Returning the 60 Blog

Image result for kia dashboard symbols

It’s bad manners to keep a vacation waiting.

Six days.  1070 miles.  211 work emails.  Vacation.  Long-awaited and now over.  The next vacation will be in 79 days, which almost feels like an eternity.

Leslie and I headed out on our road trip on Wednesday and we made our first overnight stop in Bishop, California.  Bishop is a city outside of Mammoth, where those athletic types can ski in the spring and winter.  We stayed at a lovely bed and breakfast (Joseph House) where we met travelers from all over the west and a couple from Germany.

One of the world-traveling couples we had breakfast with told us that they like to stay at the Joseph House every time they’re in this part of California and thought this might be the best B&B they’ve ever stayed at.

Leslie and I had limited experience with B&Bs.  About 25 years ago, we were on another road trip and stayed at a B&B around Monterey, California.  We were naive (no, stupid) and booked one room.  The room was beautiful and would have been ideal for a couple.  Instead, it was two sisters in a queen bed with no television, no radio, and it was pre-cell phone.  We didn’t even have a deck of cards between us!  So we stared at each other and tried to sleep during the one night reserved, and couldn’t wait to move on.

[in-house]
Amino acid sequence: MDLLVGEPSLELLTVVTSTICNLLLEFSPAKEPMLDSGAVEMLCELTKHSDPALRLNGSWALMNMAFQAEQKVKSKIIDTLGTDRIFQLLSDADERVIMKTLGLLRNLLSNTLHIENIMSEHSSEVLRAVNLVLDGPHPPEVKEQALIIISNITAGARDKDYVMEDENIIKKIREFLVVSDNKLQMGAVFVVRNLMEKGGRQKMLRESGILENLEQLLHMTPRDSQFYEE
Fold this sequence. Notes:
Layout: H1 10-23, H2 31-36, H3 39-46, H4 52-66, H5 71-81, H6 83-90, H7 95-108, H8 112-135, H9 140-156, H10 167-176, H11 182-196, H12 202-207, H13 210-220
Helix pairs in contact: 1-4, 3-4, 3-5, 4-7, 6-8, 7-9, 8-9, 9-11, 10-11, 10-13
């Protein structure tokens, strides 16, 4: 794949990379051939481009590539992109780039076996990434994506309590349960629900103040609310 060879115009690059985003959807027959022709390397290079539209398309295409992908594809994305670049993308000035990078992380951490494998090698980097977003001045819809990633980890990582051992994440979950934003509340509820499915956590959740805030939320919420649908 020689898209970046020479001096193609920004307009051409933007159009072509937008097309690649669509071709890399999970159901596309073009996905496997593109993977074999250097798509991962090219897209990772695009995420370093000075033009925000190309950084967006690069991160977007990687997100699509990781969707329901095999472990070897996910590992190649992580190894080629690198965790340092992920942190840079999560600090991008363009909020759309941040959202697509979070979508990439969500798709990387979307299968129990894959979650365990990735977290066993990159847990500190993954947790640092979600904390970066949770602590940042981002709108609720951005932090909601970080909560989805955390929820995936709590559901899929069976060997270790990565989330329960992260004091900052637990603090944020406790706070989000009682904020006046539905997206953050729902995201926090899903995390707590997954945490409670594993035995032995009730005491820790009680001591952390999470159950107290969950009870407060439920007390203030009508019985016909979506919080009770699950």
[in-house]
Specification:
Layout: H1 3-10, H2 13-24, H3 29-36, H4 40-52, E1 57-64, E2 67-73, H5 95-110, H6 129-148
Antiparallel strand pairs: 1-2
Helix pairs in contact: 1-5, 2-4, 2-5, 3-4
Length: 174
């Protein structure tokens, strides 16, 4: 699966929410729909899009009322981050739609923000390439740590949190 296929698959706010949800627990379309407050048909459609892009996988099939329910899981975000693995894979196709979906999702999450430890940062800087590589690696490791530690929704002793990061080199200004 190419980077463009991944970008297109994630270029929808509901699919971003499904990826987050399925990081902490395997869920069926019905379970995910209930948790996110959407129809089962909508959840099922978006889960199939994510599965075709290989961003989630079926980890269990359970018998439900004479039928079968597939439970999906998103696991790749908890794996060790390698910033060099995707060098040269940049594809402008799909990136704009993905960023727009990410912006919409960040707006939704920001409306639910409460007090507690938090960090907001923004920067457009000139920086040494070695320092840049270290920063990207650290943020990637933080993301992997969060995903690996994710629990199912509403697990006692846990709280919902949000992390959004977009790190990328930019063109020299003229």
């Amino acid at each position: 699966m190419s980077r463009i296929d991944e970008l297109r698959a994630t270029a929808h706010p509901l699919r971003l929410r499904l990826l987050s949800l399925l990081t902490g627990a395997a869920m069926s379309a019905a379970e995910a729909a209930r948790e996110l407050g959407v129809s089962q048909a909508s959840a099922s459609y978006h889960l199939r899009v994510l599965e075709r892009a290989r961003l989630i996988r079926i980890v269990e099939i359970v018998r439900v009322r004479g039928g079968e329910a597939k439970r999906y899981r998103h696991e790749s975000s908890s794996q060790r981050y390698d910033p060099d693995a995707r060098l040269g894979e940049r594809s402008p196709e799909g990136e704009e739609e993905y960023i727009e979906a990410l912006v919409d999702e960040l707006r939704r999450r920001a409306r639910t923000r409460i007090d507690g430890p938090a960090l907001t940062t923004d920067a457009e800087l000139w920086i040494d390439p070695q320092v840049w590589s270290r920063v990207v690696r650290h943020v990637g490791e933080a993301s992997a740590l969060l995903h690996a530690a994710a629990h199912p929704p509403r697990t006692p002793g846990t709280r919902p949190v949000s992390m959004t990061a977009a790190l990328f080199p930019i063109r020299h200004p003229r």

At the Joseph House, Leslie stayed in the Purple Room.  Green and purple linens and decor, perfectly suited for her.  I was assigned the Gold Room and enjoyed black and gold decor, with a beautiful Ralph Lauren comforter that I wanted to steal!  The grounds were gorgeously filled with trees turning autumn colors, and the common room was suitable for reading and drinking wine.  Two perfect afternoons spent there doing almost nothing.

We drove and drove, and saw all kinds of trees with gorgeous fall colors.  We people watched and drank coffee.  We played bingo and Leslie won $27.  We visited with our friend Dee, who retired up to Dayton, Nevada (right outside of Carson City).  She has a beautiful new home and two friendly cats.

The Kia Sorento drove like a champ.  Good gas mileage, no bumps or strange noises….except when the temperature got below 33 degrees.  We took a sightseeing drive up to Lake Sabrina.  Beautiful fall colors and windy roads.  And then, for the first time, we hear three loud chimes and a symbol lights up on the dashboard.  To me, the symbol looks like snowflakes (see number 12 above).  Leslie doesn’t find any information in the 200-page owner’s manual, and we carefully drive back the way we came.  The symbol does disappear after it gets a little warmer.

The same thing happened two nights later in Stagecoach, when the temperature got down to a balmy 30 degrees.  Once the temperature got back up over 39 degrees, the light disappeared.

I did finally find the answer to the nagging “what the hell is that light for?” question.  It means “frost warning.”  As if one needs your car to remind you that it’s cold outside.  I assume that Kia customizes this car model when it’s sold to an owner in the midwest or north.

And you know what?  I managed to unplug most of the time.  Checked emails once a day.  I got my news headlines from Twitter twice a day, and even started reading my book club book…due by this Sunday.  There is surely a lot of reading in the next few days.

 

 

 

Advertisements

Unplugging the 60 Blog

 

Image result for offline image

Anne Lamott:  Almost everything will work again if you unplug it for a few minutes, including you.